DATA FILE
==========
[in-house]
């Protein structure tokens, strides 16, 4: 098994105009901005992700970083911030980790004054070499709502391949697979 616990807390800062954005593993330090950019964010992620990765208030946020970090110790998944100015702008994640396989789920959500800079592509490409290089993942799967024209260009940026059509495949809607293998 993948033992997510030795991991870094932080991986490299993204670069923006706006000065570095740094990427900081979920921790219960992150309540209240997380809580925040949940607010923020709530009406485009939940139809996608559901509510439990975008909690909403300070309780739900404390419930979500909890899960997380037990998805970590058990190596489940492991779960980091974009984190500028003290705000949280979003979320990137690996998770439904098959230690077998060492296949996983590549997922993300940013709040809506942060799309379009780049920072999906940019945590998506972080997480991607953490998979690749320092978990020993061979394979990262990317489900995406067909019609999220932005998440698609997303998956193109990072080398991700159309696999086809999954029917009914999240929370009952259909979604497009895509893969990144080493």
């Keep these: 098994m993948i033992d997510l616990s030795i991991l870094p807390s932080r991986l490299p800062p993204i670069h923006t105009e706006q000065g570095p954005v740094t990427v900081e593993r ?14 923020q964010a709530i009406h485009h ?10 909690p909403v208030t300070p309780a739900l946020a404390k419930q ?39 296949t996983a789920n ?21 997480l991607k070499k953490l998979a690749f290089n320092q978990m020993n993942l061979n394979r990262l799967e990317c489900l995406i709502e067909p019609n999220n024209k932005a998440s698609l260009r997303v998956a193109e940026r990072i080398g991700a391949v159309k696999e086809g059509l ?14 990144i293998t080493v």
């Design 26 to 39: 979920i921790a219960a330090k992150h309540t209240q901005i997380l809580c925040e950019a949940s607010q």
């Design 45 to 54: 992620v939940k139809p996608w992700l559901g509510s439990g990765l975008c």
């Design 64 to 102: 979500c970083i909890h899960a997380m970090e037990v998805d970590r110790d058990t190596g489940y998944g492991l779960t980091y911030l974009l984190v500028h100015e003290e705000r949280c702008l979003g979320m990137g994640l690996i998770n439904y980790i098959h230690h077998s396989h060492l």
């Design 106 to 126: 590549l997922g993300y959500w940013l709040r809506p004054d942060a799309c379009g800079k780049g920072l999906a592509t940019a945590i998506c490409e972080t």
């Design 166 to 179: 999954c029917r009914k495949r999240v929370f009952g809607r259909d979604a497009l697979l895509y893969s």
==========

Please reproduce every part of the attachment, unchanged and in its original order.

[in-house]
């Protein structure tokens, strides 16, 4: 098994105009901005992700970083911030980790004054070499709502391949697979 616990807390800062954005593993330090950019964010992620990765208030946020970090110790998944100015702008994640396989789920959500800079592509490409290089993942799967024209260009940026059509495949809607293998 993948033992997510030795991991870094932080991986490299993204670069923006706006000065570095740094990427900081979920921790219960992150309540209240997380809580925040949940607010923020709530009406485009939940139809996608559901509510439990975008909690909403300070309780739900404390419930979500909890899960997380037990998805970590058990190596489940492991779960980091974009984190500028003290705000949280979003979320990137690996998770439904098959230690077998060492296949996983590549997922993300940013709040809506942060799309379009780049920072999906940019945590998506972080997480991607953490998979690749320092978990020993061979394979990262990317489900995406067909019609999220932005998440698609997303998956193109990072080398991700159309696999086809999954029917009914999240929370009952259909979604497009895509893969990144080493």
């Keep these: 098994m993948i033992d997510l616990s030795i991991l870094p807390s932080r991986l490299p800062p993204i670069h923006t105009e706006q000065g570095p954005v740094t990427v900081e593993r ?14 923020q964010a709530i009406h485009h ?10 909690p909403v208030t300070p309780a739900l946020a404390k419930q ?39 296949t996983a789920n ?21 997480l991607k070499k953490l998979a690749f290089n320092q978990m020993n993942l061979n394979r990262l799967e990317c489900l995406i709502e067909p019609n999220n024209k932005a998440s698609l260009r997303v998956a193109e940026r990072i080398g991700a391949v159309k696999e086809g059509l ?14 990144i293998t080493v």
């Design 26 to 39: 979920i921790a219960a330090k992150h309540t209240q901005i997380l809580c925040e950019a949940s607010q």
């Design 45 to 54: 992620v939940k139809p996608w992700l559901g509510s439990g990765l975008c």
């Design 64 to 102: 979500c970083i909890h899960a997380m970090e037990v998805d970590r110790d058990t190596g489940y998944g492991l779960t980091y911030l974009l984190v500028h100015e003290e705000r949280c702008l979003g979320m990137g994640l690996i998770n439904y980790i098959h230690h077998s396989h060492l």
């Design 106 to 126: 590549l997922g993300y959500w940013l709040r809506p004054d942060a799309c379009g800079k780049g920072l999906a592509t940019a945590i998506c490409e972080t």
């Design 166 to 179: 999954c029917r009914k495949r999240v929370f009952g809607r259909d979604a497009l697979l895509y893969s």